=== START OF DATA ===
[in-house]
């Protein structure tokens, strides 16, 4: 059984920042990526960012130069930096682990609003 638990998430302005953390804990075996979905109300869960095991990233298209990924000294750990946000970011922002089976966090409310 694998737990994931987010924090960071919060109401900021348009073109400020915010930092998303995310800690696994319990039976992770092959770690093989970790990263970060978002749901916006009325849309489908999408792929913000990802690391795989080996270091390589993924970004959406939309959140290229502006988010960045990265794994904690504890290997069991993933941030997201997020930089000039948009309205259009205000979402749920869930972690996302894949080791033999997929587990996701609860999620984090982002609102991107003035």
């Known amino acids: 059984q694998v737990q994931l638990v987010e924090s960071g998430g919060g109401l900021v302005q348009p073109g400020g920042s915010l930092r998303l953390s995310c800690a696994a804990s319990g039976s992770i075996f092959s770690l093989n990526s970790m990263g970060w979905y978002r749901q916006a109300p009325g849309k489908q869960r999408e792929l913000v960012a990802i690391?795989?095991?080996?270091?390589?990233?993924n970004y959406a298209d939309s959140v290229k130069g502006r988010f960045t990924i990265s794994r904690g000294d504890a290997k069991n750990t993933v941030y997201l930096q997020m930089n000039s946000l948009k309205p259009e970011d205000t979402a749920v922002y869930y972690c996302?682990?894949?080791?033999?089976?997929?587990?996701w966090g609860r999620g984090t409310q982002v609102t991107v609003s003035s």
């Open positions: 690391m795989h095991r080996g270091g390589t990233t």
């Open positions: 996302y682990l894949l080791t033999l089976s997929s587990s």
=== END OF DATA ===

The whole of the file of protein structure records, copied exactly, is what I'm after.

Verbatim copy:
[in-house]
């Protein structure tokens, strides 16, 4: 059984920042990526960012130069930096682990609003 638990998430302005953390804990075996979905109300869960095991990233298209990924000294750990946000970011922002089976966090409310 694998737990994931987010924090960071919060109401900021348009073109400020915010930092998303995310800690696994319990039976992770092959770690093989970790990263970060978002749901916006009325849309489908999408792929913000990802690391795989080996270091390589993924970004959406939309959140290229502006988010960045990265794994904690504890290997069991993933941030997201997020930089000039948009309205259009205000979402749920869930972690996302894949080791033999997929587990996701609860999620984090982002609102991107003035």
């Known amino acids: 059984q694998v737990q994931l638990v987010e924090s960071g998430g919060g109401l900021v302005q348009p073109g400020g920042s915010l930092r998303l953390s995310c800690a696994a804990s319990g039976s992770i075996f092959s770690l093989n990526s970790m990263g970060w979905y978002r749901q916006a109300p009325g849309k489908q869960r999408e792929l913000v960012a990802i690391?795989?095991?080996?270091?390589?990233?993924n970004y959406a298209d939309s959140v290229k130069g502006r988010f960045t990924i990265s794994r904690g000294d504890a290997k069991n750990t993933v941030y997201l930096q997020m930089n000039s946000l948009k309205p259009e970011d205000t979402a749920v922002y869930y972690c996302?682990?894949?080791?033999?089976?997929?587990?996701w966090g609860r999620g984090t409310q982002v609102t991107v609003s003035s």
């Open positions: 690391m795989h095991r080996g270091g390589t990233t």
């Open positions: 996302y682990l894949l080791t033999l089976s997929s587990s």